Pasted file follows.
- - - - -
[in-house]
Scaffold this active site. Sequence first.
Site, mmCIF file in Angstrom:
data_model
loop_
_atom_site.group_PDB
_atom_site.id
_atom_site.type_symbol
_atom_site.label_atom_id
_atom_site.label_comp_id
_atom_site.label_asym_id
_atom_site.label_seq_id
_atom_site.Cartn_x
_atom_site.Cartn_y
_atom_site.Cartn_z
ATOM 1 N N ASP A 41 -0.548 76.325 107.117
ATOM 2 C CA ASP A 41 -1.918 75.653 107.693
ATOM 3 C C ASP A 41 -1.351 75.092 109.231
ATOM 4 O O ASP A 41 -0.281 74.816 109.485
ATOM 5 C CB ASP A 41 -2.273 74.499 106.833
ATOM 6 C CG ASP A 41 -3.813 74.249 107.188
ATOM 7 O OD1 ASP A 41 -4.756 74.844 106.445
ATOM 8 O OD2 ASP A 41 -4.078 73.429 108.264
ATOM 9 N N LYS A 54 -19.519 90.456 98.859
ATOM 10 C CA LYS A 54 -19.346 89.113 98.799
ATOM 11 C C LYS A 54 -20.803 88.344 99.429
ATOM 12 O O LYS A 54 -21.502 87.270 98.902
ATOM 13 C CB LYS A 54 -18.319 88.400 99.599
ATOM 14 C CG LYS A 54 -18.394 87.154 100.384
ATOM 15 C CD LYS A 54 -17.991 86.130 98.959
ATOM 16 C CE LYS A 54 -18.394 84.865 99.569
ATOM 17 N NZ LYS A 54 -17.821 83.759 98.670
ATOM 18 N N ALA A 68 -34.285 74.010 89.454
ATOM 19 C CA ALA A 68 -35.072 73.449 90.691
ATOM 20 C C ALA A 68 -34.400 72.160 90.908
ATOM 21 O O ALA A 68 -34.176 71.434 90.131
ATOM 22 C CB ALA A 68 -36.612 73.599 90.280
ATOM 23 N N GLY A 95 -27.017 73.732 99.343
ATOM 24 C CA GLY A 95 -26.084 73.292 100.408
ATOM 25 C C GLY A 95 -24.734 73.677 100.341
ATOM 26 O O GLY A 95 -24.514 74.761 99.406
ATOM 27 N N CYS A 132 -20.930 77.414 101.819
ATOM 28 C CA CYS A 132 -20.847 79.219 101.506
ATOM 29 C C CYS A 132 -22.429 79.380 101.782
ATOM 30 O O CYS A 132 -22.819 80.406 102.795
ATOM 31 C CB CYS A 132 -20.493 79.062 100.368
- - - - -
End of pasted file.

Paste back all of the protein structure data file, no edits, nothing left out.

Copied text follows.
[in-house]
Scaffold this active site. Sequence first.
Site, mmCIF file in Angstrom:
data_model
loop_
_atom_site.group_PDB
_atom_site.id
_atom_site.type_symbol
_atom_site.label_atom_id
_atom_site.label_comp_id
_atom_site.label_asym_id
_atom_site.label_seq_id
_atom_site.Cartn_x
_atom_site.Cartn_y
_atom_site.Cartn_z
ATOM 1 N N ASP A 41 -0.548 76.325 107.117
ATOM 2 C CA ASP A 41 -1.918 75.653 107.693
ATOM 3 C C ASP A 41 -1.351 75.092 109.231
ATOM 4 O O ASP A 41 -0.281 74.816 109.485
ATOM 5 C CB ASP A 41 -2.273 74.499 106.833
ATOM 6 C CG ASP A 41 -3.813 74.249 107.188
ATOM 7 O OD1 ASP A 41 -4.756 74.844 106.445
ATOM 8 O OD2 ASP A 41 -4.078 73.429 108.264
ATOM 9 N N LYS A 54 -19.519 90.456 98.859
ATOM 10 C CA LYS A 54 -19.346 89.113 98.799
ATOM 11 C C LYS A 54 -20.803 88.344 99.429
ATOM 12 O O LYS A 54 -21.502 87.270 98.902
ATOM 13 C CB LYS A 54 -18.319 88.400 99.599
ATOM 14 C CG LYS A 54 -18.394 87.154 100.384
ATOM 15 C CD LYS A 54 -17.991 86.130 98.959
ATOM 16 C CE LYS A 54 -18.394 84.865 99.569
ATOM 17 N NZ LYS A 54 -17.821 83.759 98.670
ATOM 18 N N ALA A 68 -34.285 74.010 89.454
ATOM 19 C CA ALA A 68 -35.072 73.449 90.691
ATOM 20 C C ALA A 68 -34.400 72.160 90.908
ATOM 21 O O ALA A 68 -34.176 71.434 90.131
ATOM 22 C CB ALA A 68 -36.612 73.599 90.280
ATOM 23 N N GLY A 95 -27.017 73.732 99.343
ATOM 24 C CA GLY A 95 -26.084 73.292 100.408
ATOM 25 C C GLY A 95 -24.734 73.677 100.341
ATOM 26 O O GLY A 95 -24.514 74.761 99.406
ATOM 27 N N CYS A 132 -20.930 77.414 101.819
ATOM 28 C CA CYS A 132 -20.847 79.219 101.506
ATOM 29 C C CYS A 132 -22.429 79.380 101.782
ATOM 30 O O CYS A 132 -22.819 80.406 102.795
ATOM 31 C CB CYS A 132 -20.493 79.062 100.368